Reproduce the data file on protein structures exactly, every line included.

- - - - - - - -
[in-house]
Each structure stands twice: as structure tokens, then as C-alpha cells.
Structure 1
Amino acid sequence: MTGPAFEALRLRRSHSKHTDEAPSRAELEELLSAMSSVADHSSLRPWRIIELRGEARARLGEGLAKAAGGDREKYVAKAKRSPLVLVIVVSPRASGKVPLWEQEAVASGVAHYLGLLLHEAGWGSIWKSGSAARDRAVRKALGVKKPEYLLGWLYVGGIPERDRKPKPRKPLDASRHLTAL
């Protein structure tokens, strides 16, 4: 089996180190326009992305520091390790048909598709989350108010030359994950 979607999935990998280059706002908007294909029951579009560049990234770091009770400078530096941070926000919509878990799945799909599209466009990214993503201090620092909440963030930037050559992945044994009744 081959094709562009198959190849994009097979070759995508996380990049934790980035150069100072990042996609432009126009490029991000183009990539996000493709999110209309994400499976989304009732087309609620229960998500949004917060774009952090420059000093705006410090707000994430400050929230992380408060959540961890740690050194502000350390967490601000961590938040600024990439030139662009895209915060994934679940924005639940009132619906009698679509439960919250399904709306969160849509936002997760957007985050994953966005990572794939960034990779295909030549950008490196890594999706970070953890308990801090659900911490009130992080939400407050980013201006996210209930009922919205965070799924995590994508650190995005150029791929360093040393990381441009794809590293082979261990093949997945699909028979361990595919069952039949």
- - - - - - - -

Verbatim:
[in-house]
Each structure stands twice: as structure tokens, then as C-alpha cells.
Structure 1
Amino acid sequence: MTGPAFEALRLRRSHSKHTDEAPSRAELEELLSAMSSVADHSSLRPWRIIELRGEARARLGEGLAKAAGGDREKYVAKAKRSPLVLVIVVSPRASGKVPLWEQEAVASGVAHYLGLLLHEAGWGSIWKSGSAARDRAVRKALGVKKPEYLLGWLYVGGIPERDRKPKPRKPLDASRHLTAL
């Protein structure tokens, strides 16, 4: 089996180190326009992305520091390790048909598709989350108010030359994950 979607999935990998280059706002908007294909029951579009560049990234770091009770400078530096941070926000919509878990799945799909599209466009990214993503201090620092909440963030930037050559992945044994009744 081959094709562009198959190849994009097979070759995508996380990049934790980035150069100072990042996609432009126009490029991000183009990539996000493709999110209309994400499976989304009732087309609620229960998500949004917060774009952090420059000093705006410090707000994430400050929230992380408060959540961890740690050194502000350390967490601000961590938040600024990439030139662009895209915060994934679940924005639940009132619906009698679509439960919250399904709306969160849509936002997760957007985050994953966005990572794939960034990779295909030549950008490196890594999706970070953890308990801090659900911490009130992080939400407050980013201006996210209930009922919205965070799924995590994508650190995005150029791929360093040393990381441009794809590293082979261990093949997945699909028979361990595919069952039949």